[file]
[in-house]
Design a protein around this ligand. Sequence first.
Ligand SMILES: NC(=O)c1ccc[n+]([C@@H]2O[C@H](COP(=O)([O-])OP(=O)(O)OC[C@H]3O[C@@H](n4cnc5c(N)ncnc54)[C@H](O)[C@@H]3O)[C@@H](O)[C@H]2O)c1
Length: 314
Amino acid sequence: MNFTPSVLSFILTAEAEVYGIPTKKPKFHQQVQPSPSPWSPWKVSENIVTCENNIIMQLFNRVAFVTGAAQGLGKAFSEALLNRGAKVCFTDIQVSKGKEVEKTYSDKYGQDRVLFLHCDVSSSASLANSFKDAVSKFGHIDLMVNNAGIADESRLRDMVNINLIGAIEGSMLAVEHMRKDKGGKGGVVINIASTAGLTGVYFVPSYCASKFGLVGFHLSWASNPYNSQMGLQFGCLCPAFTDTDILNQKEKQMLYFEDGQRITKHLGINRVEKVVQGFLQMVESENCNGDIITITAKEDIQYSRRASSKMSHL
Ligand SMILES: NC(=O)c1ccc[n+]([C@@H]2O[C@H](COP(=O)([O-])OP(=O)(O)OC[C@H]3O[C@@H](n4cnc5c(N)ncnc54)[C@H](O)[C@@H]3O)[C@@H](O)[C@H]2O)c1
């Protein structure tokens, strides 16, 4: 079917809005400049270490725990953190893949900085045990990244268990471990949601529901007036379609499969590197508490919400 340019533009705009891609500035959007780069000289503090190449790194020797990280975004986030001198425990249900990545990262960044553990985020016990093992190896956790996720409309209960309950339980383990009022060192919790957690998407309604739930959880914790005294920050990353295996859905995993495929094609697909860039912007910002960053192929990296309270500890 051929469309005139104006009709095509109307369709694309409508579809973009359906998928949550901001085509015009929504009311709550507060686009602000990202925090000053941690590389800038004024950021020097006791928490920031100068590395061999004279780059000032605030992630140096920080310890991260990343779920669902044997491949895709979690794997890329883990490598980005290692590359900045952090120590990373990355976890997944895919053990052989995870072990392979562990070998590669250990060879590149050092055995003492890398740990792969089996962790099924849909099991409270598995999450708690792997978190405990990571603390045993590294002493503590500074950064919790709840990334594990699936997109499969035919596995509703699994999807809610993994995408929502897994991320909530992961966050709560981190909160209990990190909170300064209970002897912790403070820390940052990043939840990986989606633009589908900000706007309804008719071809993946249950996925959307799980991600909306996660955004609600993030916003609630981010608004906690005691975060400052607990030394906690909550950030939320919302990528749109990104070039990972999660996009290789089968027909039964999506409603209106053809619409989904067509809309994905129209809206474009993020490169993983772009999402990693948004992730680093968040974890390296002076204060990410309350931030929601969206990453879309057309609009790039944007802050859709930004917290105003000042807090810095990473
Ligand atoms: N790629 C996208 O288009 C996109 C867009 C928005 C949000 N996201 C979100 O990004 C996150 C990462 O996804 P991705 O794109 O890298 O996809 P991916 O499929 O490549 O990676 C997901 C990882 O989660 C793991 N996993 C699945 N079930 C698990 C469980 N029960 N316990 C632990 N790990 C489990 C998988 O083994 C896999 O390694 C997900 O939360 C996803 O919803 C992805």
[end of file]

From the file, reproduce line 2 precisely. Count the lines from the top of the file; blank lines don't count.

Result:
Design a protein around this ligand. Sequence first.